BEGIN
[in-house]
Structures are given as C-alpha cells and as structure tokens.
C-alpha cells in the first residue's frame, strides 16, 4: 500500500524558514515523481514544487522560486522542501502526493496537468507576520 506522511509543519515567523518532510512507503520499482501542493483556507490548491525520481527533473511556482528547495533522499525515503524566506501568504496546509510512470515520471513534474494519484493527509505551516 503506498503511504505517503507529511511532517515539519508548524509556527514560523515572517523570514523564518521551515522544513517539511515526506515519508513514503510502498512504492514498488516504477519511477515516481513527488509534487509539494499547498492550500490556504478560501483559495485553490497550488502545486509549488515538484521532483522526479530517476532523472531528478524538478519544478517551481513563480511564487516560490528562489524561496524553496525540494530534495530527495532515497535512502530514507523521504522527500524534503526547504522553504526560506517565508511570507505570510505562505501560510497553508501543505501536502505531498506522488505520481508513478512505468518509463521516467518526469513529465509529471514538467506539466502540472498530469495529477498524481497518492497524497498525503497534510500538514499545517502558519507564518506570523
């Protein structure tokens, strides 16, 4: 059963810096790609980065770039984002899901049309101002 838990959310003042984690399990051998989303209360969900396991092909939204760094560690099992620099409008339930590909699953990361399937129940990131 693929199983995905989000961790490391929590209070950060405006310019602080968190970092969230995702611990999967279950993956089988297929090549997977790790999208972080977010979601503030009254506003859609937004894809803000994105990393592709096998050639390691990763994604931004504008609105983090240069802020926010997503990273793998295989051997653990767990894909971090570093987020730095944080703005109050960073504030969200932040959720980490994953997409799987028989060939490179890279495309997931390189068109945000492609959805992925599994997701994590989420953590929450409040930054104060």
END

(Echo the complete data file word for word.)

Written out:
[in-house]
Structures are given as C-alpha cells and as structure tokens.
C-alpha cells in the first residue's frame, strides 16, 4: 500500500524558514515523481514544487522560486522542501502526493496537468507576520 506522511509543519515567523518532510512507503520499482501542493483556507490548491525520481527533473511556482528547495533522499525515503524566506501568504496546509510512470515520471513534474494519484493527509505551516 503506498503511504505517503507529511511532517515539519508548524509556527514560523515572517523570514523564518521551515522544513517539511515526506515519508513514503510502498512504492514498488516504477519511477515516481513527488509534487509539494499547498492550500490556504478560501483559495485553490497550488502545486509549488515538484521532483522526479530517476532523472531528478524538478519544478517551481513563480511564487516560490528562489524561496524553496525540494530534495530527495532515497535512502530514507523521504522527500524534503526547504522553504526560506517565508511570507505570510505562505501560510497553508501543505501536502505531498506522488505520481508513478512505468518509463521516467518526469513529465509529471514538467506539466502540472498530469495529477498524481497518492497524497498525503497534510500538514499545517502558519507564518506570523
């Protein structure tokens, strides 16, 4: 059963810096790609980065770039984002899901049309101002 838990959310003042984690399990051998989303209360969900396991092909939204760094560690099992620099409008339930590909699953990361399937129940990131 693929199983995905989000961790490391929590209070950060405006310019602080968190970092969230995702611990999967279950993956089988297929090549997977790790999208972080977010979601503030009254506003859609937004894809803000994105990393592709096998050639390691990763994604931004504008609105983090240069802020926010997503990273793998295989051997653990767990894909971090570093987020730095944080703005109050960073504030969200932040959720980490994953997409799987028989060939490179890279495309997931390189068109945000492609959805992925599994997701994590989420953590929450409040930054104060």